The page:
Have you ever been to a store and received such bad service that you vowed never to return? Or eaten at a restaurant where the waiter improved your dining experience just by their attitude? People can make all the difference in our customer satisfaction – for better or worse.
How Customer Experience Affects Your Brand
A couple of weeks ago I was out and about during a busy day of meetings, and in between appointments a colleague and I decided to stop at Starbucks. It felt like a good day to have some breakfast, so we both ordered the egg and sausage sandwich. About five minutes later, a curt Starbucks barista threw two greasy looking white bags towards us and went back to the counter without a word or any eye contact. The experience of having our food sloppily tossed onto the counter was so obviously lacking of any respect that suddenly, neither of us really felt like eating.
Later that same day, I stopped at Nugget Markets to buy some bread. I went to the bakery counter and found two employees working there. One was clearly a newer employee in the process of being trained by the manager. I settled in expecting a long wait while the manager finished her explanation to the younger employee. Instead, the moment I walked up, the manager cut short what she was saying and directed the employee to help me. This made it clear that Nugget employees are trained to offer superlative customer service—in this instance, literally putting service before any other aspect of their training. As you can imagine, I left Nugget feeling much differently from how I had left Starbucks, all thanks to a very different kind of employee interaction.
These were just two experiences I had while going about my day. Both companies are solid brands and do a very good job of strategically branding their products and services. I know they pay attention to the perception they are forming. However, the direct interaction I experienced was vastly different between the two. Customer experience will make or break how a customer feels about a Brand, and should be a top priority for anyone who is building their Brand.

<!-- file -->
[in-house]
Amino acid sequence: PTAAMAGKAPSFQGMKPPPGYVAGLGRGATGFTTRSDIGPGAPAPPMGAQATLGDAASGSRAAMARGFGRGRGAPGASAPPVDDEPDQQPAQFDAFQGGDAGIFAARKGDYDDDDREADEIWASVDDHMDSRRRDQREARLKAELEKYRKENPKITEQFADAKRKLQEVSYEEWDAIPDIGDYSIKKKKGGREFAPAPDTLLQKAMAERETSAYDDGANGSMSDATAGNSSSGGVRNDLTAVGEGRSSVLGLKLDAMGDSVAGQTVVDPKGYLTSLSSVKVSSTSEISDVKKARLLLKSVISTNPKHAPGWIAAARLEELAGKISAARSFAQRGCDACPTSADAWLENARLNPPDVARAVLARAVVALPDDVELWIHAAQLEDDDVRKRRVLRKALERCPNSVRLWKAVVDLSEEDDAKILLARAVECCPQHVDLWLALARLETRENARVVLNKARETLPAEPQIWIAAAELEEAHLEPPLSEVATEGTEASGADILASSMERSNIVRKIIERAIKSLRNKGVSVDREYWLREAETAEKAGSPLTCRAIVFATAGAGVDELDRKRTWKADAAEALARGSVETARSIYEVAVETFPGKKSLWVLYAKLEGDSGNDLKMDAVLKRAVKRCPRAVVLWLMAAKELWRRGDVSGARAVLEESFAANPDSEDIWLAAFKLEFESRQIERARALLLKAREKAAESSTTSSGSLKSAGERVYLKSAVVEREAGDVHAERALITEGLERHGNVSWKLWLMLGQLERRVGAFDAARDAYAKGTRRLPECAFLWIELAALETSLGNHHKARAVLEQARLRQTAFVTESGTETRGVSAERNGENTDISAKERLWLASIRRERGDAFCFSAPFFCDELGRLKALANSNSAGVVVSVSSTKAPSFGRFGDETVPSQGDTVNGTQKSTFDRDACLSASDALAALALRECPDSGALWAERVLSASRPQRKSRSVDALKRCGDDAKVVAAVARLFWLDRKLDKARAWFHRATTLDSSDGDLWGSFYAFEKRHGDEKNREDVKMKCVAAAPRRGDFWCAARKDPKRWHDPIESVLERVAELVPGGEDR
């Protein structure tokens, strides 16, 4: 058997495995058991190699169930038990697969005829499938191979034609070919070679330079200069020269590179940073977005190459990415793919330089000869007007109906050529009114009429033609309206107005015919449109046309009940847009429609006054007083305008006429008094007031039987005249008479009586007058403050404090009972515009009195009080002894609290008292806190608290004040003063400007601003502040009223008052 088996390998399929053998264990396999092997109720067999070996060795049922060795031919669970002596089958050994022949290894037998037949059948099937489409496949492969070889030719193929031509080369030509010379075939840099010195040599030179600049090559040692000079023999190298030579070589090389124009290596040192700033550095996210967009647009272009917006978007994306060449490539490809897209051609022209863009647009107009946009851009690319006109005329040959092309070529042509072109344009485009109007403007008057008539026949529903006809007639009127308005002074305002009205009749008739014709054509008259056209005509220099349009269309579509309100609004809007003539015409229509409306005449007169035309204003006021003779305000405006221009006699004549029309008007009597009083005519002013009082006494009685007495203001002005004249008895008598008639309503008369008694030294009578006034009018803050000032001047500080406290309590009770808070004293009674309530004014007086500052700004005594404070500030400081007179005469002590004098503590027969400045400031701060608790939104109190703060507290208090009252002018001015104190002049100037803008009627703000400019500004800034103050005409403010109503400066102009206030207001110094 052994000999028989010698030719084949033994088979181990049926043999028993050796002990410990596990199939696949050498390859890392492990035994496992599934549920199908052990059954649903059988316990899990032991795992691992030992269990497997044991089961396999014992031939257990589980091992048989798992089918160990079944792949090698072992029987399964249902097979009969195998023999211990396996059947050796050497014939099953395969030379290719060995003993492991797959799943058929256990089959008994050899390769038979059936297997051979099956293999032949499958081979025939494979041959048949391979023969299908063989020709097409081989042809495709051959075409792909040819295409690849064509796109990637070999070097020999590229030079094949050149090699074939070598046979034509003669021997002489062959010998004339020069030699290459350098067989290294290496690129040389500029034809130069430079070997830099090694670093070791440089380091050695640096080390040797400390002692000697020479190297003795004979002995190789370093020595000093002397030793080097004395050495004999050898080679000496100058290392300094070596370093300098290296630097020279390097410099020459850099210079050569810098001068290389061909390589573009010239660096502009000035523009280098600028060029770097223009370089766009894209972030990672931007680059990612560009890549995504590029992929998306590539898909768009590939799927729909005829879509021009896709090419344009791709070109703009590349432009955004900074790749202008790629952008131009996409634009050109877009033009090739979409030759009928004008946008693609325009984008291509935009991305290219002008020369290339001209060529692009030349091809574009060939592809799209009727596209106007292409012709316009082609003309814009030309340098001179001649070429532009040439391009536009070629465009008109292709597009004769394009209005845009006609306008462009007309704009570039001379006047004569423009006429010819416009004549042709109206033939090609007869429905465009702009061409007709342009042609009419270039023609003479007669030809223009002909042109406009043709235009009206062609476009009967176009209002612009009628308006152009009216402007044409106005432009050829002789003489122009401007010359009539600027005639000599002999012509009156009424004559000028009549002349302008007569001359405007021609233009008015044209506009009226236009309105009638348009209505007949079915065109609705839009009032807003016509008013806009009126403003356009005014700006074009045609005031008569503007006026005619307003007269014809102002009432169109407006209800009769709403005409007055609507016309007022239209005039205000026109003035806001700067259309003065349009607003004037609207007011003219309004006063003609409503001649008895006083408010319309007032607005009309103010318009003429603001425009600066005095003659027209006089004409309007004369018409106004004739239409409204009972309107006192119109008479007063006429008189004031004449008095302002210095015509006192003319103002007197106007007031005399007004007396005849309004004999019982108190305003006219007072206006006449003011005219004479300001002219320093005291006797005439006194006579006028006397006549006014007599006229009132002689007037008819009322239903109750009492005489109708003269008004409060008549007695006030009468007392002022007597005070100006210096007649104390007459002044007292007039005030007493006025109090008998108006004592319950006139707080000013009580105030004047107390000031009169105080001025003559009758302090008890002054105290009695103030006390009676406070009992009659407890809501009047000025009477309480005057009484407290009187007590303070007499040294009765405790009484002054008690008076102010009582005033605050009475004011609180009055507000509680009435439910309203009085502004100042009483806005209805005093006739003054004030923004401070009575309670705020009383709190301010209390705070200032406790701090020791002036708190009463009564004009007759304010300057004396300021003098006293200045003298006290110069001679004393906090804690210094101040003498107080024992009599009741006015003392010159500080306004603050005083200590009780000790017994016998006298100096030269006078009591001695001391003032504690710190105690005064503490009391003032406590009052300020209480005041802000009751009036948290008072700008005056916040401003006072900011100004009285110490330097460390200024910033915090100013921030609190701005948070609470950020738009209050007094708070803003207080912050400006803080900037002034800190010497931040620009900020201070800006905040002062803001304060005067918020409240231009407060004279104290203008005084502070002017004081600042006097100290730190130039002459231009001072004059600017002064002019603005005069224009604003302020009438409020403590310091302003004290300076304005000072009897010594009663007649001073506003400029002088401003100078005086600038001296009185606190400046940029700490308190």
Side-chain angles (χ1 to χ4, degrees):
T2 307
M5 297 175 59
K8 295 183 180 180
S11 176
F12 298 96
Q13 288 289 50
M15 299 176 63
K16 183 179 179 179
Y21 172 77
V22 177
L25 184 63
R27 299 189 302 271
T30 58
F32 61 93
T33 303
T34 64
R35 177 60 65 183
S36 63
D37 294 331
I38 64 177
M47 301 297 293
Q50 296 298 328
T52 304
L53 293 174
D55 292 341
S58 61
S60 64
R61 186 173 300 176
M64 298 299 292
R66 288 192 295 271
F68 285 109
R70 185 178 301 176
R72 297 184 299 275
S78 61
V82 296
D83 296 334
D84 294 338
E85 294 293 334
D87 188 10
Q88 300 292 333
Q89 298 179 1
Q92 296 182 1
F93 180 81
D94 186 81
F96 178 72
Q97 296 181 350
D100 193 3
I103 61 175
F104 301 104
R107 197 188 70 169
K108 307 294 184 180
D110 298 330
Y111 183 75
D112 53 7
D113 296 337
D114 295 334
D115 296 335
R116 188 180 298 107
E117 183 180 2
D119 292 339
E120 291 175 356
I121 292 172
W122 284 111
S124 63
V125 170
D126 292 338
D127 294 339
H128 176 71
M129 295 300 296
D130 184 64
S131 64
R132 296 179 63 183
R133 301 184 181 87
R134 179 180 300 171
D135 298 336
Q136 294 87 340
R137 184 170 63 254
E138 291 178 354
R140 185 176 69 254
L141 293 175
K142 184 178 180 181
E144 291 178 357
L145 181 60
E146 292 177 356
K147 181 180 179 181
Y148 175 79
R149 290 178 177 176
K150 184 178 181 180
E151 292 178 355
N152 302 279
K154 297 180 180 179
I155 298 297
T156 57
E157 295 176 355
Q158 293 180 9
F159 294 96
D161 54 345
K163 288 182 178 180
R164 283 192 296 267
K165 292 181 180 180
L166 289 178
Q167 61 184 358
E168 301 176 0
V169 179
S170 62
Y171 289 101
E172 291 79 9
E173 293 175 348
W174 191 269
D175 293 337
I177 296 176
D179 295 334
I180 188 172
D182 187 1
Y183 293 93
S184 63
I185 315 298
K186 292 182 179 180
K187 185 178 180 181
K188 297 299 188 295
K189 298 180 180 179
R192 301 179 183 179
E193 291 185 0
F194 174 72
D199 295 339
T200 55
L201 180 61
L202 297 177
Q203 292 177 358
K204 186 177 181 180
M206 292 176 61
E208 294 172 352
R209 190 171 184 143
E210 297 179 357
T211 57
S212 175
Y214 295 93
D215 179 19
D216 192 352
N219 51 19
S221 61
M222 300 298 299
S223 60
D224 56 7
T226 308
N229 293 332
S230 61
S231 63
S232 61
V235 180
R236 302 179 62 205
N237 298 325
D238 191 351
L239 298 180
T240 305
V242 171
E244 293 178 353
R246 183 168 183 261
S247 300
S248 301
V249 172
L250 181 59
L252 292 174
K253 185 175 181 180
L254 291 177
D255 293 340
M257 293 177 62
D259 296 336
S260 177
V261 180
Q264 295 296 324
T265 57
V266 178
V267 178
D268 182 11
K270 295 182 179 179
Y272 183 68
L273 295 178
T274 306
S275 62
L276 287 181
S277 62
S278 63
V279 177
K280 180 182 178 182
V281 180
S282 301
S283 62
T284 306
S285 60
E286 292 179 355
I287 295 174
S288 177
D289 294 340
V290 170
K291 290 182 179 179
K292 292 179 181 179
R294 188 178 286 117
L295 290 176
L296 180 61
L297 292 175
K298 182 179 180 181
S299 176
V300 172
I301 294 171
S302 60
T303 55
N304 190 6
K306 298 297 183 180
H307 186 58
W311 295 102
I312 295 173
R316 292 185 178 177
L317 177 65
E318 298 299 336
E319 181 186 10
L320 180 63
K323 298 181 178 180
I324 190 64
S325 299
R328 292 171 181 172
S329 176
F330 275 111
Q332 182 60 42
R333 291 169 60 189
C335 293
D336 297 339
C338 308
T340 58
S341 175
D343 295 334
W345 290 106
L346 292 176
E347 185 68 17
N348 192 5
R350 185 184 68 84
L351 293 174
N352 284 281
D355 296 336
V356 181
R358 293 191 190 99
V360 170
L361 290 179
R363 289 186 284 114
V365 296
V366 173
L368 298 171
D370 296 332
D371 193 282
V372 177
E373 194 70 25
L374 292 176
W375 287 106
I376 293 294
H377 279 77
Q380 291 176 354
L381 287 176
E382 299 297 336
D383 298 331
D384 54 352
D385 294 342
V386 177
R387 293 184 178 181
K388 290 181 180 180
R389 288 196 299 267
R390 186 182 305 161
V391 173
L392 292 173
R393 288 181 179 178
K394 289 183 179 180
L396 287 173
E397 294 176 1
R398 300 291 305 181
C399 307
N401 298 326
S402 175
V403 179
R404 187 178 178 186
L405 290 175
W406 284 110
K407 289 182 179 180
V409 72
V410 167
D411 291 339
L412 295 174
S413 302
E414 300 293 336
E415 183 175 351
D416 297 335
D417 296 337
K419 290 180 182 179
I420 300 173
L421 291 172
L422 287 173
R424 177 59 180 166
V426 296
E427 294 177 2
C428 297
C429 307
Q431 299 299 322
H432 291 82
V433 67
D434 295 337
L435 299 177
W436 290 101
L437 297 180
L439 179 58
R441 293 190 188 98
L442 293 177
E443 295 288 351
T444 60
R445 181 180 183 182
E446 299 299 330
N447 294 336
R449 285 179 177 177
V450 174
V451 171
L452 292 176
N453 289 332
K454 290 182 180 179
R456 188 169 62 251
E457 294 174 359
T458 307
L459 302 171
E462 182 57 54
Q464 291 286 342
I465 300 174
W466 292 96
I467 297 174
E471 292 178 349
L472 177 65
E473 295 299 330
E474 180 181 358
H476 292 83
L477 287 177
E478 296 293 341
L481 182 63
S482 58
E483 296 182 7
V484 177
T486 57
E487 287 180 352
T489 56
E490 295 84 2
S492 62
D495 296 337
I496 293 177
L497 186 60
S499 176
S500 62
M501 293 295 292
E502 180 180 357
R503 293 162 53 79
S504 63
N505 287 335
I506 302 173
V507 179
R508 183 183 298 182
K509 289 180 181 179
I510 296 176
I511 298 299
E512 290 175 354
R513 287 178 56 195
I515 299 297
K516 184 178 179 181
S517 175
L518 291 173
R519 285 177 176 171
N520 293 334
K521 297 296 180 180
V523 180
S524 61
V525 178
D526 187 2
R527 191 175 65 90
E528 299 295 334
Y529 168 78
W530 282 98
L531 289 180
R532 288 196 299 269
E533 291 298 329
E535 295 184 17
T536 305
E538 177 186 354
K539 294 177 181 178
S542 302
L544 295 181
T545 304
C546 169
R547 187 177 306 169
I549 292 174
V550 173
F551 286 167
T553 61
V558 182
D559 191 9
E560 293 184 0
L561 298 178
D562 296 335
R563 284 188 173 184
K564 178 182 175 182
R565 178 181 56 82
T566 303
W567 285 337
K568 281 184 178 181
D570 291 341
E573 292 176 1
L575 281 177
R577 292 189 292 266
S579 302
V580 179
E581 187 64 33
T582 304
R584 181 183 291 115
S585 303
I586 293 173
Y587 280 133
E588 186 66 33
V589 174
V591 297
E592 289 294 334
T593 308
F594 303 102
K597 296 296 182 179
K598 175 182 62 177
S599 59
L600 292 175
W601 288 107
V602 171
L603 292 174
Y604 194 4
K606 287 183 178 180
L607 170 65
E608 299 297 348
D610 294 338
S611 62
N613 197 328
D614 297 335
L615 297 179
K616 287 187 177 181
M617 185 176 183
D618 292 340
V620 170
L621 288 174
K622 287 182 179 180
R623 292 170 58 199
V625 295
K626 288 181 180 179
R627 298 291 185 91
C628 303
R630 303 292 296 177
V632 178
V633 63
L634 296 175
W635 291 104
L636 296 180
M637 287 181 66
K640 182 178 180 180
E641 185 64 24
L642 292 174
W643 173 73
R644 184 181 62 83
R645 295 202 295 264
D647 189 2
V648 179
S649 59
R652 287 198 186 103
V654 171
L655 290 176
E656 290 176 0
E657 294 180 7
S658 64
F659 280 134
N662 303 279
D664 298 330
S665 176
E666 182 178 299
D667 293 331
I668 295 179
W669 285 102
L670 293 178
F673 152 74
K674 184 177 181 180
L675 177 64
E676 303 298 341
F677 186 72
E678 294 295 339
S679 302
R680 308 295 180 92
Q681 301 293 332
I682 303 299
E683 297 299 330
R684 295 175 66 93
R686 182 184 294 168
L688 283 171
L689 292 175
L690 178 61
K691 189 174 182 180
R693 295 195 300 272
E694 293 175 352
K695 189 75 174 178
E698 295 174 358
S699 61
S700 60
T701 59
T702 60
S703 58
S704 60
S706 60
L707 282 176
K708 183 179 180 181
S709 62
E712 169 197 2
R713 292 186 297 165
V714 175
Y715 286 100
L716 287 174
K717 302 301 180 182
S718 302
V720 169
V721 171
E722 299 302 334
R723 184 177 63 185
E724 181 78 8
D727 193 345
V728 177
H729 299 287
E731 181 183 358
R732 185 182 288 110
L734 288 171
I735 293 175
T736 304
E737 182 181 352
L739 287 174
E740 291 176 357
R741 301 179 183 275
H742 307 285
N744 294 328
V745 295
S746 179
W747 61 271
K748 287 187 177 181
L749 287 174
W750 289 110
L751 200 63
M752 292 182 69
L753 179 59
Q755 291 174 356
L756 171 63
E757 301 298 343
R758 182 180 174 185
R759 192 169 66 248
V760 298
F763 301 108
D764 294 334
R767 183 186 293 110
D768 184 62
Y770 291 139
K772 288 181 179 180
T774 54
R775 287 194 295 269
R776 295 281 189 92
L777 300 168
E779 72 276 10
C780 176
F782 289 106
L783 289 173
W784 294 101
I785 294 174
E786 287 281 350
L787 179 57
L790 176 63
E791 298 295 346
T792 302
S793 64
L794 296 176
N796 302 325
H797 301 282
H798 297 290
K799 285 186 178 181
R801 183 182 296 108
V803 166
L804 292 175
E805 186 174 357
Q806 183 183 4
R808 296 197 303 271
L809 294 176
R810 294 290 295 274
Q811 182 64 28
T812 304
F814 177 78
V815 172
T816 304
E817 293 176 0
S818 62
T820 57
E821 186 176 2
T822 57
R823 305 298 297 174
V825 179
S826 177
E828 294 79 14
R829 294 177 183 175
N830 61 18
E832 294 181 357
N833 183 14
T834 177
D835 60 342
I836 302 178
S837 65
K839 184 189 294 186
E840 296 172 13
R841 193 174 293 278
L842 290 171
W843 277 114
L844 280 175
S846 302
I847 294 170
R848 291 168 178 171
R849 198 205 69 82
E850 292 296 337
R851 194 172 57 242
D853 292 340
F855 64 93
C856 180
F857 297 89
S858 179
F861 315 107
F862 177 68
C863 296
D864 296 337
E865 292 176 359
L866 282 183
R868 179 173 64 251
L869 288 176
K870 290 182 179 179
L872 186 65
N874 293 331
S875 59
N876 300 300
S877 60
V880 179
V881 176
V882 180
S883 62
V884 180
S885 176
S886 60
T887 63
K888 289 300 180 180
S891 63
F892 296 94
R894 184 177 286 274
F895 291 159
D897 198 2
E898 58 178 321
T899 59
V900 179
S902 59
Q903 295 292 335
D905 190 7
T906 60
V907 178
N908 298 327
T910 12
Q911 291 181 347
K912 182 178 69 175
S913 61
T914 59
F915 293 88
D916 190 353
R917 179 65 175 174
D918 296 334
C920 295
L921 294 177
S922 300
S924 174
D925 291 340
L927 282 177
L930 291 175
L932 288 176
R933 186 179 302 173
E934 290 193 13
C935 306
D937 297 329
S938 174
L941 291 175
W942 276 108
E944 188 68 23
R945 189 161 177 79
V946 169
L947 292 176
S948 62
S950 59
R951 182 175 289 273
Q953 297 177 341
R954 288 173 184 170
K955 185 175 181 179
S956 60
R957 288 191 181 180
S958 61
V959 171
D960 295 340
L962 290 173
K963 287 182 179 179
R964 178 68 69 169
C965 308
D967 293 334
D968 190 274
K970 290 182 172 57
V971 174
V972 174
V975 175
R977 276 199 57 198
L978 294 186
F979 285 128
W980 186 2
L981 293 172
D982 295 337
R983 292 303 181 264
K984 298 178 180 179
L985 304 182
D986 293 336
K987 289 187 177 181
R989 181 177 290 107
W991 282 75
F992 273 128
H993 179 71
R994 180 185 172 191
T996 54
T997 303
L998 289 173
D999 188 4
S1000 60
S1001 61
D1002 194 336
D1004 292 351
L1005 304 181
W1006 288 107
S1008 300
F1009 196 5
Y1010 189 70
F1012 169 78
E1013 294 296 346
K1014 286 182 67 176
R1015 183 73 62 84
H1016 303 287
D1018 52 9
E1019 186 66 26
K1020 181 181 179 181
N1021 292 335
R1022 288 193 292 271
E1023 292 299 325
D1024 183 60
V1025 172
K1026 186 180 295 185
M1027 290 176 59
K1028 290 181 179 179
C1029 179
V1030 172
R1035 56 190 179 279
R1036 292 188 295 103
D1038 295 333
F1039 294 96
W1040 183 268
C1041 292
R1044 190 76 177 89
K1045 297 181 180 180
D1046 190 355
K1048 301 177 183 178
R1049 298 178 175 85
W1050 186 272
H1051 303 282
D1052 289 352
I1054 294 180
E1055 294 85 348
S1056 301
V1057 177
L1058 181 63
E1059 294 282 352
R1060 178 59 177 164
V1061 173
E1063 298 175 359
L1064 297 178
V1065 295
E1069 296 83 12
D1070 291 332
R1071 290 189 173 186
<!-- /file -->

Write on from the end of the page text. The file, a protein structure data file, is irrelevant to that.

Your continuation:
Brands are defined by the customer experience they deliver at every touchpoint. — Jay Baer
This is true now more than ever.
Unless you’re a solo-preneur, your team determines the kind of interaction your customers experience. Make it a priority to design and train for it, so you can count on a result like the one I had at Nugget Markets, where I felt respected and welcomed.
5 ways to improve how customers experience your Brand
- Articulate how each of your company’s values translate into the customer experience. If “excellence” is one of your company’s values, discuss with your team what that looks like as far as the customer interaction. One of JetBlue’s values is humanity. See how they translate humanity into their customer experience.
- Map out the customer’s journey. List the ways customers come into contact with each of your brand touchpoints. Take time to improve the human, person to person experience, as well as the user experience, when they connect with your brand via technology.
- Encourage a culture of dialogue. Train your frontline to ask questions. If you want your customers to tell you something, you’ve got to ask them questions. Begin a practice of listening to your customers. They will tell you what they love and what they don’t.
- Take the dialogue beyond the product or service you’re providing. Find out what else is important to them. Customers will rally around a topic that interests them. Step into their world. Walk in their shoes.
- Look for negative feedback. Use it to turn unhappy customers into brand advocates. Fewer things are more powerful than responding with empathy and care when things go wrong.
People will forget what you said, people will forget what you did, but people will never forget how you made them feel. — Maya Angelou
If your customers feel like their satisfaction is your priority, your Brand will be a success.
Do you have any tips on how to better customer experience? Share them with us!
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